Eisenberg points out that these problems only increase when a mother is caring for a child — or children — with special needs. The resources they rely on to provide in-home care, mental and physical therapies, and respite care are no longer as available because of the pandemic. In turn, these mothers, like so many others, are unable to access the mental and physical health care they need.

“We’re seeing a mental health crisis, and the stressors that parents — both of children with special needs and without — are experiencing are very different than those that their children are experiencing,” she says. “Imagine that you’re a mom with all the responsibilities within your household and having to try to arrange appointments not just for yourself, but also for your kids who are in a mental health crisis. It’s just a really difficult bind to be in.”

What’s more, according to Eisenberg, accessing mental health care is difficult for those without insurance and who cannot afford high cash-pay rates, and added pandemic-related restrictions haven’t helped. However, she hopes that as more of the population is vaccinated, mental health resources will become more accessible to women and their families.

Ways to cope with the challenges
It is in these times, Eisenberg says, that we must turn to others for help. It is crucial to look to available social supports and tap into various networks, such as family, friends, neighbors, faith-based communities and workplace communities. “Do anything and everything that you can to make sure that you feel like you have a lifeline and are connected to others.”

Additionally, Eisenberg says that it is important to:
  • Carve out time for self-care — figure out the small things that you can do on a daily basis to try to refill your cup.
  • Take care of yourself in basic, fundamental ways — get enough sleep, drink enough water and eat nutritious food.
  • Get outside into fresh air and sunshine, and move your body every day.
  • Figure out the things you can do that are meaningful and keep you tethered to a sense of purpose.
  • Adjust your expectations of yourself to be more realistic — give yourself a break, be gentle and practice self-compassion.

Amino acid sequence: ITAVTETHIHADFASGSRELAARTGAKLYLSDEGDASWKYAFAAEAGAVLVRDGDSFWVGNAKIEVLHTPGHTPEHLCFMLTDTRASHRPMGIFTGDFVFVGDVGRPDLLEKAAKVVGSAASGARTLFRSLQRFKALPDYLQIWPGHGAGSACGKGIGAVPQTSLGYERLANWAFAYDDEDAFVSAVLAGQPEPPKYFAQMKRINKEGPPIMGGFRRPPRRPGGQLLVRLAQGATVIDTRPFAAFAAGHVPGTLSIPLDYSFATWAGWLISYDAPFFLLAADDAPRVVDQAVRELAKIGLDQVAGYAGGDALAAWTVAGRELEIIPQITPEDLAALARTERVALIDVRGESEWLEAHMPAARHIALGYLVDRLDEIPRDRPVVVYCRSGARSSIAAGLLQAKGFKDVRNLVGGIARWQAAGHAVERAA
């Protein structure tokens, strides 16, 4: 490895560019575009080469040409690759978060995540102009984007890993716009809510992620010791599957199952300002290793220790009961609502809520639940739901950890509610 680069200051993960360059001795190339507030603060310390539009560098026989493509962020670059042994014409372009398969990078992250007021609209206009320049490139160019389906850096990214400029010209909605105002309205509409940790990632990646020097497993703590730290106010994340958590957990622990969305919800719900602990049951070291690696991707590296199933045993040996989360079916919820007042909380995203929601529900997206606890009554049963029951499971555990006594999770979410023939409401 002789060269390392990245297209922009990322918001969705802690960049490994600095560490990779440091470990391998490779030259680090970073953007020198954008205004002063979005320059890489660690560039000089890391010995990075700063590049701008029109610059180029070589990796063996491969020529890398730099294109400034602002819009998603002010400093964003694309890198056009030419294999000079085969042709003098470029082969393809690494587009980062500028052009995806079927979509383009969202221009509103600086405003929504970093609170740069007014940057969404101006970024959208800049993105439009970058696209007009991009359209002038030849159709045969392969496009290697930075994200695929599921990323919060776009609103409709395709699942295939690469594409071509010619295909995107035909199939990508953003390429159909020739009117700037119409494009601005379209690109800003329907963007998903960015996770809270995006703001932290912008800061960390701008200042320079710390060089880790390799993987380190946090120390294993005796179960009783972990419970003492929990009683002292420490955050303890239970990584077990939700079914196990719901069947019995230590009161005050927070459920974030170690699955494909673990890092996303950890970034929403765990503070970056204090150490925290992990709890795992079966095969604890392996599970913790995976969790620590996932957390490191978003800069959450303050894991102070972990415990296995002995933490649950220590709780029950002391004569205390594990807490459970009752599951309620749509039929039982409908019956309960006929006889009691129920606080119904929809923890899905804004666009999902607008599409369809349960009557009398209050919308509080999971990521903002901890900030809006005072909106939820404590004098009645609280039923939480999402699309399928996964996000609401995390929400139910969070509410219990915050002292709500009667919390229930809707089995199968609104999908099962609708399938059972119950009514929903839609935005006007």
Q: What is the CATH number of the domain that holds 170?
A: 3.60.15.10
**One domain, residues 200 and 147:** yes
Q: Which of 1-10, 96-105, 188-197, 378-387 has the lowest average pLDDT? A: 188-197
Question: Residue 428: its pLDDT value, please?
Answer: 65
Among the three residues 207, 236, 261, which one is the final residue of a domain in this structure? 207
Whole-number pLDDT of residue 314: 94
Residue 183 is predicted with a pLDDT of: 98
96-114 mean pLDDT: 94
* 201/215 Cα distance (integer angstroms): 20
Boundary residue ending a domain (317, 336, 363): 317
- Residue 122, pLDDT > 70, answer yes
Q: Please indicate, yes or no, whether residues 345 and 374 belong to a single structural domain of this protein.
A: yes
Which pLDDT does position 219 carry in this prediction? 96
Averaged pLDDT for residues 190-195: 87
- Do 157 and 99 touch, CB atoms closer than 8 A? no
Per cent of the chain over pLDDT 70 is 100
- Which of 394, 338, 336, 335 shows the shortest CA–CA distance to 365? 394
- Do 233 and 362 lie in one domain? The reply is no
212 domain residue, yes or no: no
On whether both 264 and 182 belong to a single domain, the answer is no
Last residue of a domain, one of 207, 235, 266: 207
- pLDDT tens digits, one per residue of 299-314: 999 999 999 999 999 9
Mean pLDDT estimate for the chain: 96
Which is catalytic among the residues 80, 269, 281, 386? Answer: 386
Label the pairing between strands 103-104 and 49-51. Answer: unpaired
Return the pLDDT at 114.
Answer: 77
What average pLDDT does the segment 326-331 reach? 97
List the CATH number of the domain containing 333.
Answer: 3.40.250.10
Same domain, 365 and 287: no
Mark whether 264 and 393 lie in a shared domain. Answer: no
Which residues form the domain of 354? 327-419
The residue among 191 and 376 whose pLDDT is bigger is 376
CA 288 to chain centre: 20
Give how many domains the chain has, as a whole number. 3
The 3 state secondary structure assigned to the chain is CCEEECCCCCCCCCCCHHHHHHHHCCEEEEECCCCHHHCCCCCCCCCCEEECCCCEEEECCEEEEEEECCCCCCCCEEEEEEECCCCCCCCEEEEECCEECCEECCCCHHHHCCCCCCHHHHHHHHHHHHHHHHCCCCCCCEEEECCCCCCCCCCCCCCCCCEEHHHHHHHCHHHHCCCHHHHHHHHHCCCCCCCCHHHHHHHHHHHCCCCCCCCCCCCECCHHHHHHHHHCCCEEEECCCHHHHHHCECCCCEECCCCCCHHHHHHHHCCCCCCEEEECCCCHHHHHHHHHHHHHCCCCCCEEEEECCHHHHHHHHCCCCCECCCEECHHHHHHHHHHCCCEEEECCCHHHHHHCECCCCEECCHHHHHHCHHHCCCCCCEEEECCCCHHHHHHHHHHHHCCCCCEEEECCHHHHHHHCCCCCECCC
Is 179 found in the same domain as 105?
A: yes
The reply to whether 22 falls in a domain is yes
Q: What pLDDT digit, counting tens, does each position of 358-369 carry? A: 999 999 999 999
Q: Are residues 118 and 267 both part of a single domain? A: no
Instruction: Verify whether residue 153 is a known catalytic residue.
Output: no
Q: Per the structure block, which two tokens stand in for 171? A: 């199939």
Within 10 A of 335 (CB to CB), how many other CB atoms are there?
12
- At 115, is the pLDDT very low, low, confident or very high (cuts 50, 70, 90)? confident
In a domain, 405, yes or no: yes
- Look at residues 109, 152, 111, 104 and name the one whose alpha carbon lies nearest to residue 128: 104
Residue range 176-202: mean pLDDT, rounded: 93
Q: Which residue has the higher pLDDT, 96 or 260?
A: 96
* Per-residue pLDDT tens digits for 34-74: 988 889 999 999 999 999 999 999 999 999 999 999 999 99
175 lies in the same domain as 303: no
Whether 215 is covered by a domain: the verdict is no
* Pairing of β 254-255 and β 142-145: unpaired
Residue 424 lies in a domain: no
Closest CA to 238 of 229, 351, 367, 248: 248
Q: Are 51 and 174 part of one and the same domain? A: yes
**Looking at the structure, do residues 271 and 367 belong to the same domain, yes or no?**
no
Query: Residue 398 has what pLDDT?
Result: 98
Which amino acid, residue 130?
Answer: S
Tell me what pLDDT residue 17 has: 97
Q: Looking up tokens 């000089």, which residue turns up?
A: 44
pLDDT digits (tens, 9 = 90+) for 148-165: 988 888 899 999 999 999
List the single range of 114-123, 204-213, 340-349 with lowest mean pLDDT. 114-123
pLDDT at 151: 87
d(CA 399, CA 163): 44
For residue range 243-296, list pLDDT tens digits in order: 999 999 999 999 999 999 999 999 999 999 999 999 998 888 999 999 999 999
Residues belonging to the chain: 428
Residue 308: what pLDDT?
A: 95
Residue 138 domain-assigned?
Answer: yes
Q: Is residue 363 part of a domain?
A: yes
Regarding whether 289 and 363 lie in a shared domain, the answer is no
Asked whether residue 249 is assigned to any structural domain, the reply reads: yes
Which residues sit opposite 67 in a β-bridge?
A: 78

“One of the things that seems to exacerbate stress the most is having what we would call ‘unrelenting standards’ for yourself,” Eisenberg says. “Having this idea that you have to be a rock star at work and mother of the year at home really sets you up for impossible standards, and just leads to guilt, shame and self-blame, which can drive depression and anxiety.”

If you are unable to give yourself some grace, Eisenberg recommends considering working with an individual therapist to turn those types of thought patterns around into something more healthy and balanced. A mental health professional can help you get out of the cycle of thinking about yourself through any distorted or judgmental lenses.

Cultivating systemic changes
In the meantime, Eisenberg says that it is up to us all to cultivate change, both within ourselves and our homes, communities and workplaces, to ensure working mothers have access to the opportunities, care and support they need and deserve. Whether it’s adding more resources or adjusting job expectations, employers are in an especially unique position to prop up their workforce and make it sustainable for women to keep coming to work.

“For those of us who work outside the home, it is vital to truly be advocates for change within our companies,” she says. “To the extent that we have the power and agency to drive the kind of cultures that we want to see, we must make sure the organization is providing as much support as possible to working mothers — and all employees — from a place of compassion and understanding.”